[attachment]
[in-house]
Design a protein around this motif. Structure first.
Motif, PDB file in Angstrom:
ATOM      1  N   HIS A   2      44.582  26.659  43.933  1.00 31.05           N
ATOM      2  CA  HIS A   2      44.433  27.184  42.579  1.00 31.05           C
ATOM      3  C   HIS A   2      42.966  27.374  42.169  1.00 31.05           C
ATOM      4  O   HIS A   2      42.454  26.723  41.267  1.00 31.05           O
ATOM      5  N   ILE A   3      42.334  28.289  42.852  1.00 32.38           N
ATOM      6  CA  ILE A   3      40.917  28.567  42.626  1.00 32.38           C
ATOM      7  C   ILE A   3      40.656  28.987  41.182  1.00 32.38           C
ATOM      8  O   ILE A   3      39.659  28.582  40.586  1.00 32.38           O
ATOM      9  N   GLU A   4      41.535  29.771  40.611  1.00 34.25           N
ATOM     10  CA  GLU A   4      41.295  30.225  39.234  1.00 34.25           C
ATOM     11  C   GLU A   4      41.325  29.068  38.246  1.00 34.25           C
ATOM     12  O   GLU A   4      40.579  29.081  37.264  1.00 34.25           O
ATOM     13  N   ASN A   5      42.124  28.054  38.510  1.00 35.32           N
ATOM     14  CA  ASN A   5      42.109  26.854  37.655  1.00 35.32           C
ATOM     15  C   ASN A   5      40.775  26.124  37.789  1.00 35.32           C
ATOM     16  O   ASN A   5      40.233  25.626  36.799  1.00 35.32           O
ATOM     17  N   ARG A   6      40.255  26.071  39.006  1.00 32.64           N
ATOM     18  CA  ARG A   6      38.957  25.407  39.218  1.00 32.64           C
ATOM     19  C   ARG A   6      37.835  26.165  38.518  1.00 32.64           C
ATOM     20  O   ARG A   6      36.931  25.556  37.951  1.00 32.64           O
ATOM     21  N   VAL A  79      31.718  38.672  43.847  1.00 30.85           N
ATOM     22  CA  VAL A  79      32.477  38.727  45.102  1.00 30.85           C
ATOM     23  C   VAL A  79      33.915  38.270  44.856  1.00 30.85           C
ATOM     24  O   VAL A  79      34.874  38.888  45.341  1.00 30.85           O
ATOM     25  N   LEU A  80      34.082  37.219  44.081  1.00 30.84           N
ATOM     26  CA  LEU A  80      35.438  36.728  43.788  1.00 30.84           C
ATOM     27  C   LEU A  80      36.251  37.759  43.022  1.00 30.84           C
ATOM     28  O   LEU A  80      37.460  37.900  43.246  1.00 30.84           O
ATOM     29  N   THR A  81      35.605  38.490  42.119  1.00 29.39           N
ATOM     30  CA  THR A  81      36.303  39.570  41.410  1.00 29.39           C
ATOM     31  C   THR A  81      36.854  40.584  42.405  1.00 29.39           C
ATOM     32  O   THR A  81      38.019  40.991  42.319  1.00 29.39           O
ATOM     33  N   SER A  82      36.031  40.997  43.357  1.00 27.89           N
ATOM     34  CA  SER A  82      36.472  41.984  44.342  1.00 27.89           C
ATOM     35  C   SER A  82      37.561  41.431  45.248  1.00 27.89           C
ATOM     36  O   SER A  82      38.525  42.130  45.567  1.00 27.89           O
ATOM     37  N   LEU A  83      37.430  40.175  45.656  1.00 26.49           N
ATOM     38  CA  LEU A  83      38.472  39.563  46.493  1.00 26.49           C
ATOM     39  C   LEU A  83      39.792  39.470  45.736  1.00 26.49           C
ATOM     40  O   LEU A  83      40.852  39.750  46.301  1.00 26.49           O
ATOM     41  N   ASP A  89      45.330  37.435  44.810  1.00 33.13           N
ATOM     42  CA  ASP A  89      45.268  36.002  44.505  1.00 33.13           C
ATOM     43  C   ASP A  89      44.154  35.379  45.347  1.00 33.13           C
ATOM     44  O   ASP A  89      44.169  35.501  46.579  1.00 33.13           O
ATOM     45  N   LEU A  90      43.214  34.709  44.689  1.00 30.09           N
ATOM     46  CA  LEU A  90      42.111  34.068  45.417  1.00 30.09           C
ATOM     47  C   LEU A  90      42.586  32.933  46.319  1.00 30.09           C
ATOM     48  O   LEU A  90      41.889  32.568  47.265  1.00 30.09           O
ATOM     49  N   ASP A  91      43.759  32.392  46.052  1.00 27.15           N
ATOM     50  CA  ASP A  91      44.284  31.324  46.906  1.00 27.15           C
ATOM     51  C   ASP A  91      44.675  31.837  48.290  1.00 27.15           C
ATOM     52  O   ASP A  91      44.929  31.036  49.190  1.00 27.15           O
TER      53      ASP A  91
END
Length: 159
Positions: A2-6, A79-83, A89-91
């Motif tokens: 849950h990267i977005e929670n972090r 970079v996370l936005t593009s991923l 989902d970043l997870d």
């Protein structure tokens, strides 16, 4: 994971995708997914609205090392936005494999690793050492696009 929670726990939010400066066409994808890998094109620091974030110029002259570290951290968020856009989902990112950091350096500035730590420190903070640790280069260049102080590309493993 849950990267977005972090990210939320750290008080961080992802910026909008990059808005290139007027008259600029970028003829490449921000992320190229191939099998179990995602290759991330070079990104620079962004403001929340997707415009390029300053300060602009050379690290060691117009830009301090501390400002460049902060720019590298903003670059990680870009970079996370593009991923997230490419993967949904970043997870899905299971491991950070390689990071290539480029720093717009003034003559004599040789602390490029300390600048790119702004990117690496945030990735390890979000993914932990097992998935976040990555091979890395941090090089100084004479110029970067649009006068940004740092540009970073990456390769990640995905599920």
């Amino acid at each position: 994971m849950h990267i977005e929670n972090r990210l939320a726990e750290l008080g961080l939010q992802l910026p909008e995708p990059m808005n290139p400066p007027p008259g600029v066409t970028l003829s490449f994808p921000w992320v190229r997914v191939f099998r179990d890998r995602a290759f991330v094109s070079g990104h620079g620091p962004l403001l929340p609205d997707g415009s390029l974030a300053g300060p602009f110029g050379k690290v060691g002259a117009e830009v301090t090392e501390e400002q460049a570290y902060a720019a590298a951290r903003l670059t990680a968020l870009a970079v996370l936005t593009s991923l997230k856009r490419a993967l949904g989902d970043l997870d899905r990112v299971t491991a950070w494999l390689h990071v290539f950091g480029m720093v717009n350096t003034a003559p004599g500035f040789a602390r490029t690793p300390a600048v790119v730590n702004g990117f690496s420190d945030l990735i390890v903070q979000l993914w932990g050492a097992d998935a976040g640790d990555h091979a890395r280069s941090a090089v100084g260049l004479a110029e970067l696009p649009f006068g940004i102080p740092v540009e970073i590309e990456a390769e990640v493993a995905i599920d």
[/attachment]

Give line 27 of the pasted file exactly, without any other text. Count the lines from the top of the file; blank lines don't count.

ATOM     24  O   VAL A  79      34.874  38.888  45.341  1.00 30.85           O